Marks Daily Apple
Serving up health and fitness insights (daily, of course) with a side of irreverence.
6 Aug

Insects: Not Just for Breakfast Anymore

1429097729 9f0c202d88For many of us, it’s the stuff of childhood dares and fraternity hazing. In many cultures around the world, however, they’re considered fine delicacies or just regular daily fare. We’re talking insects or the more vaguely inclusive “bugs”: grubs, worms, grasshoppers, crickets, spiders, scorpions, beetles, termites, worms, ants, and other varieties in the vastly underappreciated gastronomic world of insects. “What could be more primal than eating insects?” you might ask. We would agree. Thanks to reader Tim for the suggestion.

Sure, we know there’s the strong sense of culturally-induced heebie-jeebies. The crunch, the ooze, the unimagined texture of fangs, pinchers, antennae, legs, and wings…. Some of us, frankly, would rather leave it unimagined, thank you very much. (Nonetheless, rest assured that most of the extraneous body parts – and definitely those pinchers and fangs – are routinely removed.)

Still reading? We thought we might lose a couple there. The truth is, when you bring the topic out into the light of day (and out of the Fear Factor gross-out fanfare), eating bugs begins to look pretty rational, surprisingly practical, even fairly convincing. For our part, we’d never turn down a good primal meal

Good primitive foraging it is – Grok at his most resourceful. However, we say, don’t write off insect eating as “merely” primordial scavenging. It’s been part of many a “Golden” age as well. Ancient thriving cultures in Europe, Asia and Africa partook, and in some parts of the world today insects are a cultivated, major livestock economy. (We hear Thailand offers the pinnacle of insect delicacies.) But the idea seems to be catching on even here.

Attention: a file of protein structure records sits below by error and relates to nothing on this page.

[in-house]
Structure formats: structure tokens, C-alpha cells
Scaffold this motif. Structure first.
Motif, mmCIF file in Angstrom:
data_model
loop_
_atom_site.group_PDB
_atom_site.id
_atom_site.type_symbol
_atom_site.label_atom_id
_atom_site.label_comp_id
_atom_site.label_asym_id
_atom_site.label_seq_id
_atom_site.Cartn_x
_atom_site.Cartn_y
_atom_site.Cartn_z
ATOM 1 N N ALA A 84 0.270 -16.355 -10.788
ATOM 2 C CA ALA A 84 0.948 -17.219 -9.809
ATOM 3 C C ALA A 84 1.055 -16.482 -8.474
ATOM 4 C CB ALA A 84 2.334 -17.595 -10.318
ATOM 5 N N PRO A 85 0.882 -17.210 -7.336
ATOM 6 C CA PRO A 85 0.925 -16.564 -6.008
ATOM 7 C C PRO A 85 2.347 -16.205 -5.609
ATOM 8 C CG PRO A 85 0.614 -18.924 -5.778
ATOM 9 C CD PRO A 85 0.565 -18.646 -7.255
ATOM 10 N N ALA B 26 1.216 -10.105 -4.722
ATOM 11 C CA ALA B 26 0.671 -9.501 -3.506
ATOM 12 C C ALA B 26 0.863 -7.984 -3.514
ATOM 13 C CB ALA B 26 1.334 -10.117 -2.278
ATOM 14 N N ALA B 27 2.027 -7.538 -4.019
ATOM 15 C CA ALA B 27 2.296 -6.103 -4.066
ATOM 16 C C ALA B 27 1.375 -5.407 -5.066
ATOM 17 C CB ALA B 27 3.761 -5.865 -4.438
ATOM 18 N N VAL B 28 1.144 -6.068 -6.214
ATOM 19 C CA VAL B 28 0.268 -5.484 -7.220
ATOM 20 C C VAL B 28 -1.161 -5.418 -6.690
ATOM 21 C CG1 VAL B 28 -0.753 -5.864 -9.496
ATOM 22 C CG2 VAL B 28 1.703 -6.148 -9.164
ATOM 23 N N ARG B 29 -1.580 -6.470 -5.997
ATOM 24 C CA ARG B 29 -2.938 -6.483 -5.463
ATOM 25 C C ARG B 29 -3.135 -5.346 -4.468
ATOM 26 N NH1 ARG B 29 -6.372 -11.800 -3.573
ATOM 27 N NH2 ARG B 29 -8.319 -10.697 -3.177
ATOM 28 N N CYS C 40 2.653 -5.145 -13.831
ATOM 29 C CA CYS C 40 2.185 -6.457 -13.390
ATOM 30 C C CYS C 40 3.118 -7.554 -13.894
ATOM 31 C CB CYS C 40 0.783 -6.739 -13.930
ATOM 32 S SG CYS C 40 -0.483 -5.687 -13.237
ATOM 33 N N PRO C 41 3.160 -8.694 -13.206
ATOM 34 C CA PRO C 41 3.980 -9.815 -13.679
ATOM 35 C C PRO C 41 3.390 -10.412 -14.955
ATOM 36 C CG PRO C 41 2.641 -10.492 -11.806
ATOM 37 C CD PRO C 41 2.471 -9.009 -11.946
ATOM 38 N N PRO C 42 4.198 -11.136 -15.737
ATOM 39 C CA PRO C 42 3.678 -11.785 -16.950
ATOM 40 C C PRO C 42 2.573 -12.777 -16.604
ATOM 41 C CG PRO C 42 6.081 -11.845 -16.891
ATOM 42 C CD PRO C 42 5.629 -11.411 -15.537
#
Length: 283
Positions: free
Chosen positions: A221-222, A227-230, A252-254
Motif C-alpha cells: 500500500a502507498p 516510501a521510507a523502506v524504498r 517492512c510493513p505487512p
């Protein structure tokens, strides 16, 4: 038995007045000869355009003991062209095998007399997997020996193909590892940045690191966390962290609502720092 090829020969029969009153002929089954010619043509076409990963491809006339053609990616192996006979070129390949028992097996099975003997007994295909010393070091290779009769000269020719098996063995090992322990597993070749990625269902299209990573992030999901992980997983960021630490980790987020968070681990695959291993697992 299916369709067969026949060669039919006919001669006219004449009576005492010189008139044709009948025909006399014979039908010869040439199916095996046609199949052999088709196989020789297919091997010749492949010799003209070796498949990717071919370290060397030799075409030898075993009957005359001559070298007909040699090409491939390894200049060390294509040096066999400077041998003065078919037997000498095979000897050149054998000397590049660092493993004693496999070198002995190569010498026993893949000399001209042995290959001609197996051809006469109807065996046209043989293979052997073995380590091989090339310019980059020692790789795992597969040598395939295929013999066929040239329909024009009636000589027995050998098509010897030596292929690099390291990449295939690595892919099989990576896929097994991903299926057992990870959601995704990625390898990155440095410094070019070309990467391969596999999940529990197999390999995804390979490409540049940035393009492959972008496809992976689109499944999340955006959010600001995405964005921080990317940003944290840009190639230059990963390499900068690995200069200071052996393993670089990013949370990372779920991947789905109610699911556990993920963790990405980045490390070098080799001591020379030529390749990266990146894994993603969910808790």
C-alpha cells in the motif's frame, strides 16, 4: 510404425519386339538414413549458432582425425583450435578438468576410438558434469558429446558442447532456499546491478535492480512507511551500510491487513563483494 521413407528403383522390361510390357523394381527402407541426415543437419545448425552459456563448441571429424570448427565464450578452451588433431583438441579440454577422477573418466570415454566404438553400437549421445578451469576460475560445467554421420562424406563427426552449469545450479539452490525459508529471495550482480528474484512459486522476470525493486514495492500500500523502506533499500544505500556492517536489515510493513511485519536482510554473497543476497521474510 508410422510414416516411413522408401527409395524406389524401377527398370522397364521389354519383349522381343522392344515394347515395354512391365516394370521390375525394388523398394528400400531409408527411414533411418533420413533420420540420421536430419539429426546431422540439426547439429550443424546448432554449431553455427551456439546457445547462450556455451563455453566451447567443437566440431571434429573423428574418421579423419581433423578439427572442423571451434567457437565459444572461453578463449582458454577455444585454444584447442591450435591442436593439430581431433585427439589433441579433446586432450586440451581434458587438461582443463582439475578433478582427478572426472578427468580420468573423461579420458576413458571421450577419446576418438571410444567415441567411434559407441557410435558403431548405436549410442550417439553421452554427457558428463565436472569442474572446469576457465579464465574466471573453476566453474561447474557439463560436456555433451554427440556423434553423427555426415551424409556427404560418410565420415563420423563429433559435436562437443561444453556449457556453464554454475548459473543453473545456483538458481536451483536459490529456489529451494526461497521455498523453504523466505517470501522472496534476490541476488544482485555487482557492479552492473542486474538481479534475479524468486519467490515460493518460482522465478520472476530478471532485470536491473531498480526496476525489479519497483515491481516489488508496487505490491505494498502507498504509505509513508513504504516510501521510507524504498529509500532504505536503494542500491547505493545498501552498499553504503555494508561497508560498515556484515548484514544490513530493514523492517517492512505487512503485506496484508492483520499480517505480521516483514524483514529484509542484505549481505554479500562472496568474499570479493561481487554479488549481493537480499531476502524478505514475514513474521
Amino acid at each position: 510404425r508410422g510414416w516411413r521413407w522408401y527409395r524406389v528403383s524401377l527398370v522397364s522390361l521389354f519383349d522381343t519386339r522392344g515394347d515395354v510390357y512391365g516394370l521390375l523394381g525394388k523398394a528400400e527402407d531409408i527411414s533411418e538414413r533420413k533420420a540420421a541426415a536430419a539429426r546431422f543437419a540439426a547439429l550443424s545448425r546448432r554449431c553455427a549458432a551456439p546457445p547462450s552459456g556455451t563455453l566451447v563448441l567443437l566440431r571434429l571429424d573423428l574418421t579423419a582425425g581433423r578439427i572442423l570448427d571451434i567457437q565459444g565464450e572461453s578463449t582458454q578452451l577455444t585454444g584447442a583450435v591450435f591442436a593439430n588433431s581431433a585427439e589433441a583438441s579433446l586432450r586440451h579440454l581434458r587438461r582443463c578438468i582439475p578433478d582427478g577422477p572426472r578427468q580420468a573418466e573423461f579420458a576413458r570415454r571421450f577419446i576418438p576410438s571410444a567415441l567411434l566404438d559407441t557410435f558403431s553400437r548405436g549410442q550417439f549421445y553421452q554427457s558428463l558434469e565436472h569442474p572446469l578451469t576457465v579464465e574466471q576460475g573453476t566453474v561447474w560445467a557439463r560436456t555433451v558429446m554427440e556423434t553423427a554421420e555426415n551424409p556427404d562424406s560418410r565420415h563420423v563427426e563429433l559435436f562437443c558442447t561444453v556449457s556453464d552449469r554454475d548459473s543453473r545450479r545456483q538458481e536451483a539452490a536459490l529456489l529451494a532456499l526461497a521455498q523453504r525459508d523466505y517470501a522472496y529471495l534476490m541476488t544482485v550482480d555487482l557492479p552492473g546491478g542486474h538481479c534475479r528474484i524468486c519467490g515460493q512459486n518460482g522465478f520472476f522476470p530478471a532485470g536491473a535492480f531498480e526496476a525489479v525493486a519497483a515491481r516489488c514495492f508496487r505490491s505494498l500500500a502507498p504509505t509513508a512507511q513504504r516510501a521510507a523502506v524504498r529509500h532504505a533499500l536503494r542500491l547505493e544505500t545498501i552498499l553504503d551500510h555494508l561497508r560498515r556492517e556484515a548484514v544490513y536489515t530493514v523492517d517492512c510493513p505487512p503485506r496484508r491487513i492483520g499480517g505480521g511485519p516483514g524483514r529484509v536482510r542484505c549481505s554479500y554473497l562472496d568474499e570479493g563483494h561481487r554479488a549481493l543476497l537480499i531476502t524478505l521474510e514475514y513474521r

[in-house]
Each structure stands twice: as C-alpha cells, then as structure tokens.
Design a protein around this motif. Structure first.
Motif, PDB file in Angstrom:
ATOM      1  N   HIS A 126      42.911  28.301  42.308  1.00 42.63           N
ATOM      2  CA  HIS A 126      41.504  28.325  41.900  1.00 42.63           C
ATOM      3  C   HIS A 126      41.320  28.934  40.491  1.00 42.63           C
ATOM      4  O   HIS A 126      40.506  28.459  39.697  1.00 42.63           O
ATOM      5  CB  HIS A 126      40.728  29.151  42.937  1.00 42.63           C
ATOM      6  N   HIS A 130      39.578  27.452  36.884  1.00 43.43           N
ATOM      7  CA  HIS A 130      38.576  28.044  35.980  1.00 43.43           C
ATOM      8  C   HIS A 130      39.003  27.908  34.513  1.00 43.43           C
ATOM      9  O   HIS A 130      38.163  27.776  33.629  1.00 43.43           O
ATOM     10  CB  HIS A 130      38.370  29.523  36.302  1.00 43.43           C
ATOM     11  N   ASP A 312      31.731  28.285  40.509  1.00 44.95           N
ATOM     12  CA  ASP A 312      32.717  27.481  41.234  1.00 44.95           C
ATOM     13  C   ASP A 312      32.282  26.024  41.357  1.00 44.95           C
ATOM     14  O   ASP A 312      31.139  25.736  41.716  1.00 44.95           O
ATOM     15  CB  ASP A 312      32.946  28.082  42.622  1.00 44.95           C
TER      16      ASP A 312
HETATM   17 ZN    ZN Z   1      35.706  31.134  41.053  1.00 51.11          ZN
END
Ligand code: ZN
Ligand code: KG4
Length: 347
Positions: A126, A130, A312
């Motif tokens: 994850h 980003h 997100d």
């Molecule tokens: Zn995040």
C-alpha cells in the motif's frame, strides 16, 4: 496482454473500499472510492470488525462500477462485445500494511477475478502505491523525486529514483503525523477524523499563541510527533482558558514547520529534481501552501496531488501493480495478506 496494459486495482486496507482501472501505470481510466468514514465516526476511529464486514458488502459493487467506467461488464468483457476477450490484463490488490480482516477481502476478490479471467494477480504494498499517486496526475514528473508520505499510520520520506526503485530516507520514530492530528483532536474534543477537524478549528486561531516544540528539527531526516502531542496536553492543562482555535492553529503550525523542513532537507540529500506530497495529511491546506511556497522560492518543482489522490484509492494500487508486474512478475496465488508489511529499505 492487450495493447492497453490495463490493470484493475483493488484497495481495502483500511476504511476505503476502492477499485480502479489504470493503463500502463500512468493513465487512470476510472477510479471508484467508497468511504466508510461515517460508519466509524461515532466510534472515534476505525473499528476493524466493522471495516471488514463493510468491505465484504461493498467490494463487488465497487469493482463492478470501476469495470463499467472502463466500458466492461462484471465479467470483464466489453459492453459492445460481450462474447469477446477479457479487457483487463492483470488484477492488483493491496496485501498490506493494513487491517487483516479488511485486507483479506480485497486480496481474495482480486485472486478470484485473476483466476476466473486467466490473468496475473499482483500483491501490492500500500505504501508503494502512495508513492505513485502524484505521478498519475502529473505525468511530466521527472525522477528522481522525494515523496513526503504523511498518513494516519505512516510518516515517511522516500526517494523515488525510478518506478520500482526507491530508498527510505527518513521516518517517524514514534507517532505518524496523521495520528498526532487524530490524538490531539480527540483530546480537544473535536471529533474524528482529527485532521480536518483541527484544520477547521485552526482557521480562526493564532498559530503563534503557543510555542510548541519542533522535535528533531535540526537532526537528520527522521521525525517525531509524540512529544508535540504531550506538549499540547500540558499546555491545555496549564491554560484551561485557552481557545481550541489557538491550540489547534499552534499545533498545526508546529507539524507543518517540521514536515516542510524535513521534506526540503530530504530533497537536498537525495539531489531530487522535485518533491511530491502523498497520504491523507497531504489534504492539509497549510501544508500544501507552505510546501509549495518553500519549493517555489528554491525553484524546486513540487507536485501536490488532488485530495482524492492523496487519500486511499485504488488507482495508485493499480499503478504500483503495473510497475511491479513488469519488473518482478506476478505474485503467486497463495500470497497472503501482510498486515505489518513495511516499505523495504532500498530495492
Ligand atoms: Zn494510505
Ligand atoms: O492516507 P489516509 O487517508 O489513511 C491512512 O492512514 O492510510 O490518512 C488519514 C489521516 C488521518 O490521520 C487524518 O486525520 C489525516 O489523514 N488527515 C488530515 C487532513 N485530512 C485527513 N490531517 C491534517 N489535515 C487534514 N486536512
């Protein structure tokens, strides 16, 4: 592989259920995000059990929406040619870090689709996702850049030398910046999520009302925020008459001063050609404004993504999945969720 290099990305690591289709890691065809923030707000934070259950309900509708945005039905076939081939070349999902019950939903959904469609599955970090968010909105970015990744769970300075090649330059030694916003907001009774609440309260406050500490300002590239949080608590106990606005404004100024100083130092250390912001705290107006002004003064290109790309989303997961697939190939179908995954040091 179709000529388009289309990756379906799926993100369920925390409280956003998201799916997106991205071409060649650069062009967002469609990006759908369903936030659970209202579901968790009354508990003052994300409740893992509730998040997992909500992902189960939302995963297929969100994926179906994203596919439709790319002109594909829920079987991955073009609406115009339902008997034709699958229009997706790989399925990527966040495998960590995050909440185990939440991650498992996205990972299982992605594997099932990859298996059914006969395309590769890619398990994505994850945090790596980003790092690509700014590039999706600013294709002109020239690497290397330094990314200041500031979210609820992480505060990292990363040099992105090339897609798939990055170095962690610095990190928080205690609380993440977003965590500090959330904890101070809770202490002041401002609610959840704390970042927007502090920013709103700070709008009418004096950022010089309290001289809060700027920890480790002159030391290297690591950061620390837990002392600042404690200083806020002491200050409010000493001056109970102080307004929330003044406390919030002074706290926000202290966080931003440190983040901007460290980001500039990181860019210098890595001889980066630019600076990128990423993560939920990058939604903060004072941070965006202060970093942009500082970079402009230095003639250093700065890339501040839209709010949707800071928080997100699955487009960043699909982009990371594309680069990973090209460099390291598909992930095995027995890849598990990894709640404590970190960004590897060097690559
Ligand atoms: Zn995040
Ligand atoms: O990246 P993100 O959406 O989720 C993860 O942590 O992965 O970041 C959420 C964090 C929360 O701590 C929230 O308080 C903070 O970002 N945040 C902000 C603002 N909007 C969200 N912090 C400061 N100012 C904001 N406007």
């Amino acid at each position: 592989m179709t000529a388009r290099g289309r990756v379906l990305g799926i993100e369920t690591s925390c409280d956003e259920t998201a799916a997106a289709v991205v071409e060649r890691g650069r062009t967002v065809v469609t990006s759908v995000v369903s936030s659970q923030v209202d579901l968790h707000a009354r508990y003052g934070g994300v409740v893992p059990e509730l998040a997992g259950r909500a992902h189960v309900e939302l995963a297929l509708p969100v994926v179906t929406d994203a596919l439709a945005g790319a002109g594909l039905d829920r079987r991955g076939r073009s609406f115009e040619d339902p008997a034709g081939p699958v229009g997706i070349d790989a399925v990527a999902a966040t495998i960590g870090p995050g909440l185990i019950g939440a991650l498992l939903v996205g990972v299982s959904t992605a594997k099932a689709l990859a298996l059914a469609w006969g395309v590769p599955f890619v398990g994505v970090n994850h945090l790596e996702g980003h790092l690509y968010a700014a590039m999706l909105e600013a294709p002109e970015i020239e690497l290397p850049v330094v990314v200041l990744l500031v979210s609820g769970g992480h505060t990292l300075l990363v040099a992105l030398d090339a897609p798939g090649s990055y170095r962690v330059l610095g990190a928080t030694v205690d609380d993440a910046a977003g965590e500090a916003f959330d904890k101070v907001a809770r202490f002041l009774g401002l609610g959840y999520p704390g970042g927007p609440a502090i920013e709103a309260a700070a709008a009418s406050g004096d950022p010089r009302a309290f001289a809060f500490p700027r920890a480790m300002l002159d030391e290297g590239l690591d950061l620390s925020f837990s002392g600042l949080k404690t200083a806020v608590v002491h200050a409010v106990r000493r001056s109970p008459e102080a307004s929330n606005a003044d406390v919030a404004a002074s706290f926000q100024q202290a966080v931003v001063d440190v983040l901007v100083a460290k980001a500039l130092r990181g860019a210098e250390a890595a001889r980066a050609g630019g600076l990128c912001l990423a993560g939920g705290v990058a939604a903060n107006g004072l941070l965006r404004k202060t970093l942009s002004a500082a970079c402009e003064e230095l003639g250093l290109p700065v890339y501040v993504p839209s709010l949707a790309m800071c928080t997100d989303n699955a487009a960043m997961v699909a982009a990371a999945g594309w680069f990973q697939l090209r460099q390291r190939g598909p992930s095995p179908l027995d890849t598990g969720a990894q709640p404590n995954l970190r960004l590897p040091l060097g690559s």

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And for good reason. It seems these critters boast a hefty dose of protein. Insect, pound for pound (or gram for gram), offer a truly respectable, plentiful (and cheap) protein source. Check out these nutritional assessments of edible creepy-crawlies. Nonetheless, we wouldn’t recommend just eating any bug off the street. It’s important to avoid insects that might have been exposed to pesticides and other pollutants (e.g. herbicides). While bugs are a big time crop in certain regions of the world, American insect connoisseurs find good supplies more limited, since insects aren’t packaged and inspected for human consumption in this country. Pet store supplies or raising your own (a whole new take on “ant farm”) are good options. Crickets, we understand, are a common beginner’s crop. Additionally, you can try certain ethnic markets for packaged options or indulge in some true insect culinary masterpieces in one of the insect-serving restaurants opening up in a number of West and East Coast cities.

grub 1

Prefer to forage in the wild? A few tips to the bold and brave out there…. Unless you truly know what you’re doing, it’s best to avoid the exotic: the hairy, the colorful. Stick with the known quantities like grasshoppers and grubs. Some of these little (or larger) guys pack a poisonous punch. Remove any fangs, pinchers, wings and legs. (It will go down more easily.) And it’s best to cook anything you want to eat. (We recommend a good campfire roasting. Talk about primal heaven!) For some insects, cooking is essential, since heating breaks down any natural toxins. Still squeamish? You can always crush them and add them to dishes in a less recognizable form. Protein without the queasiness.

Need more convincing? A few months ago The New York Times highlighted a dedicated (American) advocate of insect eating, David Gracer, and the environmental and cultural arguments that fuel the growing appreciation for insect consumption in the U.S. In the midst of enjoying a decadent caramelized grasshopper, Grace offered, “Insects can feed the world. Cows and pigs are the S.U.V.’s; bugs are the bicycles.” We’d never quite thought of it that way. A sustainable agricultural model. Hmmm.

Yet, perhaps the most intriguing and provocative idea was this little gem, in fact subject of a workshop sponsored this year by the United Nations’ Food and Agriculture Organization: “Why douse fields with pesticides if the bugs we kill are more nutritious than the crops they eat?”

Now there’s food for thought. We think they’re on to something.

Your reactions? Arguments, anecdotes, jokes, reviews, and recipes? We know the subject has us “buzzing.” (Couldn’t resist.)